Vitamin C is a water soluble vitamin, easily excreted, and should be replaced daily for optimum health. It has numerous functions, including:

  • Activation of folic acid and protein metabolism
  • Anti-allergic and anti-inflammatory activity
  • Antioxidant activity
  • Control of blood cholesterol
  • Enhancing iron absorption from food
  • Formation of brain chemicals like norepinephrine and serotonin
  • Immune system reinforcement
  • Maintenance of bones, collagen, skin and teeth
  • Production of anti-stress hormones
  • Resistance to infection
  • Strengthening of internal walls of blood vessels

Best food source of vitamin C is acerola cherry juice. Other sources are rosehip syrup, kiwi fruit, blackcurrants, guavas, parsley, kale, horseradish, broccoli, green peppers, citrus fruits, strawberries, watercress, cabbage, mangos, all other fruits and vegetables. Elevated doses of vitamin C are required by the aged, athletes, and persons on or with,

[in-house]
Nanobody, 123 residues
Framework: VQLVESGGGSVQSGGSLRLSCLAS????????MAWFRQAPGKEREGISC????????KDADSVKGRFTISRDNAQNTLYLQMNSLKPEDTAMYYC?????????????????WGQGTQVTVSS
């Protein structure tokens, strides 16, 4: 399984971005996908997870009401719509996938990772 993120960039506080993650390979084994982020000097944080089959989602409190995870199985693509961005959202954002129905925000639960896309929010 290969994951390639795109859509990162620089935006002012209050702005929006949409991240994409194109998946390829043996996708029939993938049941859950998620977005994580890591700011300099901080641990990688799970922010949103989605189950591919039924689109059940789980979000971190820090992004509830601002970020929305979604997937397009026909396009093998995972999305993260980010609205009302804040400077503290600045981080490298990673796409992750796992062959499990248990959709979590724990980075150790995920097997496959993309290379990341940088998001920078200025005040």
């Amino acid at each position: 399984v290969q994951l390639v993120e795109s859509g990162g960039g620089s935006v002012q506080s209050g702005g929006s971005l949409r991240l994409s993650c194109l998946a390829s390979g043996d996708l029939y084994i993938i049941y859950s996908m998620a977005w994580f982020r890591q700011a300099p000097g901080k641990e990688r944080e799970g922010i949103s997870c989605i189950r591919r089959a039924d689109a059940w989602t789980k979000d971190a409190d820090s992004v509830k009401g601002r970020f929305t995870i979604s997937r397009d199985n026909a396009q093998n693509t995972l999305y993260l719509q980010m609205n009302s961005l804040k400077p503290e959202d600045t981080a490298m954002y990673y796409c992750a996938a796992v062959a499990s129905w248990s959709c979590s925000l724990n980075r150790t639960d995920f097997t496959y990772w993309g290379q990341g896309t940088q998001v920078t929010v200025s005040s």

• Antibiotics, aspirin, anti-arthritic drugs
  • Barbiturates, contraceptive pills, corticosteroids
  • Diabetes, infectious diseases, peptic ulcers
  • Surgery or recovering from serious illness


  • Alcoholism
  • Allergies
  • Arthritis
  • Bleeding gums and under the skin
  • Colds and flu
  • High cholesterol
  • Iron deficiency anemia
  • Scurvy
  • Bleeding gums and hemorrhages in the eyes and nose
  • Frequent colds or other infections
  • Hair loss
  • Irritability
  • Lassitude
  • Loose teeth
  • Muscle and joint pains
  • Persistent dreams of salads or fruit cornucopia
  • Weakness

Generally considered a safe vitamin. Persons suffering from peptic ulcers should take the buffered form. Doses above 1g a day should be avoided by women on the pill, while people with kidney disorders should seek the advice of qualified health professionals. For long term use, the ester form may be advisable, but do not chew vitamin C tablets as the acid may erode your tooth enamel. Evidence exists that elevated levels of vitamin C supplementation (1,500mg a day) over the course of two months, may suppress copper levels in the blood of males. For the risks of copper deficiency, see section on Copper under Minerals.